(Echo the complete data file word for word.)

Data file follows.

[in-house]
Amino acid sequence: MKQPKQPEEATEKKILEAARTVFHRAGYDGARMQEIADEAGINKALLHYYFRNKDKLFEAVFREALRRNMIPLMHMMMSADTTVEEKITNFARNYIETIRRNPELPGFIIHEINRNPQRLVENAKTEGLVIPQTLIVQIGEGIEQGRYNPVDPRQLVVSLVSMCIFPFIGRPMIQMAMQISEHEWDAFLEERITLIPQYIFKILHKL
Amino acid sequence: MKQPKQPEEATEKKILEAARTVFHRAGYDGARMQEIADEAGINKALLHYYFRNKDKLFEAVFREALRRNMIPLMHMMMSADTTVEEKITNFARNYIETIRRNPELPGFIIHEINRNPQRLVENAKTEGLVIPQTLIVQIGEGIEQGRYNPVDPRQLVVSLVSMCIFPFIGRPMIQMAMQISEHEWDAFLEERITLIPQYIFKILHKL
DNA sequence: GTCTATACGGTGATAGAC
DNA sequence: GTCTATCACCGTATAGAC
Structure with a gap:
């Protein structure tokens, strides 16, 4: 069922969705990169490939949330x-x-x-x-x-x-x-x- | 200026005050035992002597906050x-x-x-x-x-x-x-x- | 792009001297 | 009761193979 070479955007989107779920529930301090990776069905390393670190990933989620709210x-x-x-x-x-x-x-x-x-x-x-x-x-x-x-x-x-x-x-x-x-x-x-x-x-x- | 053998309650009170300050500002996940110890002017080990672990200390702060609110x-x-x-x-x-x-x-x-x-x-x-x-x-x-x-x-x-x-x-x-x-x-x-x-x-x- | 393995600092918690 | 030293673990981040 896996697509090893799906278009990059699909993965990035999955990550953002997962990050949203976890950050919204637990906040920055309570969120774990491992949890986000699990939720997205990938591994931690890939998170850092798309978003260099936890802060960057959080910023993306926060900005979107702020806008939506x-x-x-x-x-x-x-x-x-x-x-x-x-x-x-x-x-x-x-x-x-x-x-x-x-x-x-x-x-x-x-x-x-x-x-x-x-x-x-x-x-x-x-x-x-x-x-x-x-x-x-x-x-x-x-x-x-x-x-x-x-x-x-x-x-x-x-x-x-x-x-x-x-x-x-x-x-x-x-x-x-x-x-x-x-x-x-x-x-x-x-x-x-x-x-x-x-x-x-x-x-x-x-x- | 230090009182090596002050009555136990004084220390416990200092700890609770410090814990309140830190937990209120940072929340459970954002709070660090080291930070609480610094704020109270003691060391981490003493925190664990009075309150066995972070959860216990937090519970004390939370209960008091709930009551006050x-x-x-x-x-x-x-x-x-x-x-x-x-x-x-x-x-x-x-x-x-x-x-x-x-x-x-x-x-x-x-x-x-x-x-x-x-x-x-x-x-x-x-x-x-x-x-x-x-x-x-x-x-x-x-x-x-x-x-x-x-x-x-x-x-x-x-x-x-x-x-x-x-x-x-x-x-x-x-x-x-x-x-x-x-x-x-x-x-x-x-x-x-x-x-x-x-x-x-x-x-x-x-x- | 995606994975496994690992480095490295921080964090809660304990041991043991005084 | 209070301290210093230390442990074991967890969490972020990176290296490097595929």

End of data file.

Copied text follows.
[in-house]
Amino acid sequence: MKQPKQPEEATEKKILEAARTVFHRAGYDGARMQEIADEAGINKALLHYYFRNKDKLFEAVFREALRRNMIPLMHMMMSADTTVEEKITNFARNYIETIRRNPELPGFIIHEINRNPQRLVENAKTEGLVIPQTLIVQIGEGIEQGRYNPVDPRQLVVSLVSMCIFPFIGRPMIQMAMQISEHEWDAFLEERITLIPQYIFKILHKL
Amino acid sequence: MKQPKQPEEATEKKILEAARTVFHRAGYDGARMQEIADEAGINKALLHYYFRNKDKLFEAVFREALRRNMIPLMHMMMSADTTVEEKITNFARNYIETIRRNPELPGFIIHEINRNPQRLVENAKTEGLVIPQTLIVQIGEGIEQGRYNPVDPRQLVVSLVSMCIFPFIGRPMIQMAMQISEHEWDAFLEERITLIPQYIFKILHKL
DNA sequence: GTCTATACGGTGATAGAC
DNA sequence: GTCTATCACCGTATAGAC
Structure with a gap:
């Protein structure tokens, strides 16, 4: 069922969705990169490939949330x-x-x-x-x-x-x-x- | 200026005050035992002597906050x-x-x-x-x-x-x-x- | 792009001297 | 009761193979 070479955007989107779920529930301090990776069905390393670190990933989620709210x-x-x-x-x-x-x-x-x-x-x-x-x-x-x-x-x-x-x-x-x-x-x-x-x-x- | 053998309650009170300050500002996940110890002017080990672990200390702060609110x-x-x-x-x-x-x-x-x-x-x-x-x-x-x-x-x-x-x-x-x-x-x-x-x-x- | 393995600092918690 | 030293673990981040 896996697509090893799906278009990059699909993965990035999955990550953002997962990050949203976890950050919204637990906040920055309570969120774990491992949890986000699990939720997205990938591994931690890939998170850092798309978003260099936890802060960057959080910023993306926060900005979107702020806008939506x-x-x-x-x-x-x-x-x-x-x-x-x-x-x-x-x-x-x-x-x-x-x-x-x-x-x-x-x-x-x-x-x-x-x-x-x-x-x-x-x-x-x-x-x-x-x-x-x-x-x-x-x-x-x-x-x-x-x-x-x-x-x-x-x-x-x-x-x-x-x-x-x-x-x-x-x-x-x-x-x-x-x-x-x-x-x-x-x-x-x-x-x-x-x-x-x-x-x-x-x-x-x-x- | 230090009182090596002050009555136990004084220390416990200092700890609770410090814990309140830190937990209120940072929340459970954002709070660090080291930070609480610094704020109270003691060391981490003493925190664990009075309150066995972070959860216990937090519970004390939370209960008091709930009551006050x-x-x-x-x-x-x-x-x-x-x-x-x-x-x-x-x-x-x-x-x-x-x-x-x-x-x-x-x-x-x-x-x-x-x-x-x-x-x-x-x-x-x-x-x-x-x-x-x-x-x-x-x-x-x-x-x-x-x-x-x-x-x-x-x-x-x-x-x-x-x-x-x-x-x-x-x-x-x-x-x-x-x-x-x-x-x-x-x-x-x-x-x-x-x-x-x-x-x-x-x-x-x-x- | 995606994975496994690992480095490295921080964090809660304990041991043991005084 | 209070301290210093230390442990074991967890969490972020990176290296490097595929």